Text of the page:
The article on modern class politics was very interesting but it neglects to mention something very important about William Jennings Bryan. He was a fundamentalist and probably a creationist but those were not his main reasons for fighting against Darrow in the Scopes trial. William Jennings Bryan was very worried that teaching evolution would lead to a wide spread acceptance of Social Darwinism. Bryan correctly thought that Social Darwinism was responsible for the worst excesses of capitalism during the Gilded Age. In Bryan's mind if the majority people accepted Social Darwinism as a norm it would create catastrophic problems for the "little guy" and lead to more excess in capitalism.
-- Dale Ratner
Fascinating as Solon Simmons' analysis of the popularity of JibJab's "This Land" may be, I think he's missing the simplest explanation for its popularity. The fact is, very few people on either side of the political fence actually like "their" candidate in this election. Democrats are voting against Bush, Republicans are voting against Kerry, and the vast majority of both seem to be doing so grudgingly. As a result, a piece that takes both candidates apart has a lot of appeal to most everyone.
-- Jeremy Huber
I'm surprised that any writer from Salon could see the JibJab satire as a "creature of the left," even in form, when it is such an effective propaganda piece for the right.
The subtext of the piece is pure Republicanism designed to impact young, Republican-leaning, generally apolitical technical types: that the campaigns of both Kerry and Bush are equally negative, equally deceptive, and equally meaningless, nothing more than a vituperative contest between two Skull and Bones members with different personal styles, rather than a critical choice between two vastly different sets of policies and potential American futures. But most devastatingly, Kerry is the one who is portrayed as the millionaire intellectual snob who is more out of touch with the way Americans "really" are. If you truly were still on the fence, which candidate would you be most likely to vote for after seeing this piece? I think the answer is clear.
The fact that this Republican propaganda piece touched some kind of chord with a huge swath of the American people is worrisome news for the Democrats. Kerry had better find a way to dispel or neutralize the "snobby patrician" image and form a more personal connection to the American voting public -- as soon as possible.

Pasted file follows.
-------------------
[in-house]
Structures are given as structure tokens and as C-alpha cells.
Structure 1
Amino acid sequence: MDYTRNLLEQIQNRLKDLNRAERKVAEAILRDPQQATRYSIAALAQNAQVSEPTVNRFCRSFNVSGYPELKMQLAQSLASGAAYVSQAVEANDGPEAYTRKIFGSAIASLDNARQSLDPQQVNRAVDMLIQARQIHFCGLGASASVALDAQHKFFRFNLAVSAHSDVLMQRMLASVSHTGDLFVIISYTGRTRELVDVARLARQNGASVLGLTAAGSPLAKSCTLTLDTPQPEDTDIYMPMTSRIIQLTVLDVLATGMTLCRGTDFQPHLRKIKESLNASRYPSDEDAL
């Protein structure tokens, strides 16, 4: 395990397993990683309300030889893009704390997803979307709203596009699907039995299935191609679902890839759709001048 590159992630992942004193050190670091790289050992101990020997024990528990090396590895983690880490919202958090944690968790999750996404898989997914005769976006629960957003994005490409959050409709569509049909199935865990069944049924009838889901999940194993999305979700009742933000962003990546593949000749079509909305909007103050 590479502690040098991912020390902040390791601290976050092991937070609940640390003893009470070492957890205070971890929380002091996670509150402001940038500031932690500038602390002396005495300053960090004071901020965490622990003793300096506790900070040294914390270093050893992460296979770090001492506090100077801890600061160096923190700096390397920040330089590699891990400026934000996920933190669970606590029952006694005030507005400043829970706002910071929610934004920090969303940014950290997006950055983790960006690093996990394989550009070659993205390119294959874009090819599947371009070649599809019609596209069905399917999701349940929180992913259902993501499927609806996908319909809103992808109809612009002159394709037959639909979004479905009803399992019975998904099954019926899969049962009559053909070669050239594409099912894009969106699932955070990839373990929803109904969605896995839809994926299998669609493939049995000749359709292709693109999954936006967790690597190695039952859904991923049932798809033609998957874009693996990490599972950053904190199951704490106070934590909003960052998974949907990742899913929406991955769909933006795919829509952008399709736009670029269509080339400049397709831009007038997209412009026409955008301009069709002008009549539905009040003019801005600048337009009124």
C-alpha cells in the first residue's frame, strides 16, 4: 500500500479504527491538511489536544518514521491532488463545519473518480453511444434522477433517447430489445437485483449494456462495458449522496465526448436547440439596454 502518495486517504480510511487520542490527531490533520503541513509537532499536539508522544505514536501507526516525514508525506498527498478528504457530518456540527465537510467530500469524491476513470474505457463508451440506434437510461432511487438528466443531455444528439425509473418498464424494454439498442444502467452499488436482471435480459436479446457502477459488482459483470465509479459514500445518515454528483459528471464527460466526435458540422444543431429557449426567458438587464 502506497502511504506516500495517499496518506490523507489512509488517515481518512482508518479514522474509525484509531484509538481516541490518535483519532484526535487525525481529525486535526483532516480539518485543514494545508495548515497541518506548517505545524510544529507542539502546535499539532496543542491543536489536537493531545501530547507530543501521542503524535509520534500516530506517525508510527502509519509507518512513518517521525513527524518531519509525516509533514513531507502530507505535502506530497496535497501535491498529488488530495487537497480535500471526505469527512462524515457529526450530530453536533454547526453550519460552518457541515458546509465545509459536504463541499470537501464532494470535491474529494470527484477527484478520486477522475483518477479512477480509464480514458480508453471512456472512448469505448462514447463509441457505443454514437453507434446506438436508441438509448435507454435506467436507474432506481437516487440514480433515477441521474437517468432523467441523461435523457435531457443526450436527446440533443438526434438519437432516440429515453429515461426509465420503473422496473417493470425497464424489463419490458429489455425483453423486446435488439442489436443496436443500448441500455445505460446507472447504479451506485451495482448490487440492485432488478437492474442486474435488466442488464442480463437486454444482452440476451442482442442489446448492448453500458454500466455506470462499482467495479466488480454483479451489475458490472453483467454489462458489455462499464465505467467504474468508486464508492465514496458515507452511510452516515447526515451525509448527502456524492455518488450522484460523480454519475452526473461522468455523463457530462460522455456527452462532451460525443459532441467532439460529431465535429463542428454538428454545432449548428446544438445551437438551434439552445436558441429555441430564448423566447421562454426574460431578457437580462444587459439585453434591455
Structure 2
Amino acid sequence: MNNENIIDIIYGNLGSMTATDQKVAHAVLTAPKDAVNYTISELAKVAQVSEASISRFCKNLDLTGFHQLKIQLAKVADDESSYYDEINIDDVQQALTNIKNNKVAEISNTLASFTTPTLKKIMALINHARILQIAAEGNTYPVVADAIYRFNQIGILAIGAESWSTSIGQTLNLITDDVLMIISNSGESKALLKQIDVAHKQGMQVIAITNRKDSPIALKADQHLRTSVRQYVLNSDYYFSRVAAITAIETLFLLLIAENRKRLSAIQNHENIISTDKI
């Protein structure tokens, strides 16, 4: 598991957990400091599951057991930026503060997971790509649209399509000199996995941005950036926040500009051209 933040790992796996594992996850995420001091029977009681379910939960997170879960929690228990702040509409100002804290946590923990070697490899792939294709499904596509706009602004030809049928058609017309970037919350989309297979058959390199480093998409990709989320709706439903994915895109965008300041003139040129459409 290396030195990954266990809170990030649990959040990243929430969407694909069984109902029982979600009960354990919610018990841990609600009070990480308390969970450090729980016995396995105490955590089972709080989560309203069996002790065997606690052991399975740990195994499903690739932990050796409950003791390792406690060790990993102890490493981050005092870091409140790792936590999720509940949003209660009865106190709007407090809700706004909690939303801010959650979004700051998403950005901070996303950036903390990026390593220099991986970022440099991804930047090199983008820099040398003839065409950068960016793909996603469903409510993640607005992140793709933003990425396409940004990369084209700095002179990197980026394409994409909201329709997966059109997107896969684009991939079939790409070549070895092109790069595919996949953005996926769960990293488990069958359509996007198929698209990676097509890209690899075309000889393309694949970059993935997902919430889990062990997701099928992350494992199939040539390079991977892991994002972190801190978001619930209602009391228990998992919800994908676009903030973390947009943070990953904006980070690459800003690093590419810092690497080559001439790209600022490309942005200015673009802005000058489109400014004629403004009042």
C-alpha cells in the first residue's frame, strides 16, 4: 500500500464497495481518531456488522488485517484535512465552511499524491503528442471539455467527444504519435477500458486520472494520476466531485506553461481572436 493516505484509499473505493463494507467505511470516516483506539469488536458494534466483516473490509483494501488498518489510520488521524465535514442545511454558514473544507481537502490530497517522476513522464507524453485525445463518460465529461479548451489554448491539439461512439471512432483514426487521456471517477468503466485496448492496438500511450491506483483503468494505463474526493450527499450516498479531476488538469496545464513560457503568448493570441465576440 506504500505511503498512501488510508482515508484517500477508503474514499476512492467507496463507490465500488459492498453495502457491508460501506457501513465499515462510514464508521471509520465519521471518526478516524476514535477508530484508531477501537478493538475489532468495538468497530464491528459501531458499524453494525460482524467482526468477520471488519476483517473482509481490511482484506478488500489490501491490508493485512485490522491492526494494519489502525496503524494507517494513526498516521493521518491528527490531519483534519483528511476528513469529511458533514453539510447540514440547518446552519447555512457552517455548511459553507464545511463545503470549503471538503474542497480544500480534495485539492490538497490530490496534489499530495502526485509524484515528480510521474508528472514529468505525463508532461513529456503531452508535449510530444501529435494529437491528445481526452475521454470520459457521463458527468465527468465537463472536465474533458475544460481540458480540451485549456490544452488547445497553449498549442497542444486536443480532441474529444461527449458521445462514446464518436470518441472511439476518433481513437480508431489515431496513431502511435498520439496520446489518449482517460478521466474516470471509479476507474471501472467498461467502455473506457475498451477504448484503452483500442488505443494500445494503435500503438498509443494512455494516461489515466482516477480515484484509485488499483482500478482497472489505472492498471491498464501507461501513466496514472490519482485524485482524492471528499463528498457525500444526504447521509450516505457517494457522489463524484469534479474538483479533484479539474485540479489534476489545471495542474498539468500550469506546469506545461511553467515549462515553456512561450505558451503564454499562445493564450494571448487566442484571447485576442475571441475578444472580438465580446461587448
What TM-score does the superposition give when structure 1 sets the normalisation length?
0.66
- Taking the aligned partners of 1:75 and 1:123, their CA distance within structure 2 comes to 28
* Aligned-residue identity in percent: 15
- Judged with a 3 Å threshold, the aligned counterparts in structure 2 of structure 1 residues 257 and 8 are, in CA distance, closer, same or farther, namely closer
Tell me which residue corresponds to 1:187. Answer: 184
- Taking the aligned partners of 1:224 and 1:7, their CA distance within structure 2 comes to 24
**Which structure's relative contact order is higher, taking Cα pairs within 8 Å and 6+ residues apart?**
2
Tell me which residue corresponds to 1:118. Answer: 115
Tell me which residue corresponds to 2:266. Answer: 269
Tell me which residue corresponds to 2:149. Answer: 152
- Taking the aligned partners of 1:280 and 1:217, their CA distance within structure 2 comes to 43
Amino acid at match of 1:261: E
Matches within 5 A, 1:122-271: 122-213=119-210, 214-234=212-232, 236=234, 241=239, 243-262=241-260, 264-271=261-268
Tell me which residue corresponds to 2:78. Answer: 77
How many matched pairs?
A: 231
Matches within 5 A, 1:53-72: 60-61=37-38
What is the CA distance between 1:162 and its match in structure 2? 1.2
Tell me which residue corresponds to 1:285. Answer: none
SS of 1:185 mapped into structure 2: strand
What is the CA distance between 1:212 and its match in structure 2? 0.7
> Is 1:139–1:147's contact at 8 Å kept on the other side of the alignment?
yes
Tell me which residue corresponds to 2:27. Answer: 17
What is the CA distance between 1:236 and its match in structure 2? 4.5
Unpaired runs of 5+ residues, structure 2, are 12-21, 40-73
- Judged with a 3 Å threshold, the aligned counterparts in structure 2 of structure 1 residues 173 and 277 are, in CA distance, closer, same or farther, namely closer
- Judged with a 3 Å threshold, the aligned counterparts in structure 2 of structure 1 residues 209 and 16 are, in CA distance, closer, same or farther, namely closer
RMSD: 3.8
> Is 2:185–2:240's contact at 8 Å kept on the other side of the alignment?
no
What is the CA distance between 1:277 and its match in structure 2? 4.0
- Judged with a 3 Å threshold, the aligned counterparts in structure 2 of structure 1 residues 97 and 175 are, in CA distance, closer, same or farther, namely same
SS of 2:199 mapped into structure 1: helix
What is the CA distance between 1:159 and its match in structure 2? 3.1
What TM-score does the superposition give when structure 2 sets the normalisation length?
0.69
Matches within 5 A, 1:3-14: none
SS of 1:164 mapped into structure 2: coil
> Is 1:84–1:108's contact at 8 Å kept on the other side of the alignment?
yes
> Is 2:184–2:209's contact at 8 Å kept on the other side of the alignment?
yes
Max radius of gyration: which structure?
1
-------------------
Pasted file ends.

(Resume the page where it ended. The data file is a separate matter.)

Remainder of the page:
-- Larry Letich
I'm not convinced that Michael Moore is a populist. I realize I'm bringing up the slippery subject of authenticity, but I grew up in Michigan in a blue-collar small town. My brother-in-law has worked 38 years in auto factories that pay half of what GM pays. Friends from high school do the same. I went to college, the University of Michigan, where I crossed one of society's rifts. My fellow students, overwhelmingly from elite high schools, had a different perspective. One attitude I encountered (which was somewhat new to me) was the "we're so smart and they're so stupid" attitude. Mr. Moore uses this in his films, asking the viewer to laugh along. You do not come across this attitude too often in the blue-collar world. It's seen as elitist, snobby. Michael Moore's father worked in a factory which makes him, I guess, authentically blue-collar. He has to tell me this, because I wouldn't know it from his films or interviews. I don't see a blue-collar perspective in them. I don't see that authenticity, that comment or shot which only someone from that world would make. Instead, I see the perspective of a university leftist, not intellectual, but with intellectual pretensions. A university leftist who happens to be familiar with Flint.
-- Steve Meyer
Solon Simmons seems to miss the point of the intellectual establishment's careful rules. Whatever the merits of his critque, Christopher Hitchens has accused Michael Moore of breaking epistemic rules, not merely "aesthetic" ones.
The rules of reasoned discourse that JibJab's animation flouts are not there because academics happen to enjoy dry discussions -- they are intended to preserve reasoned discussions in which the information exchanged is accurate and the conclusions sound.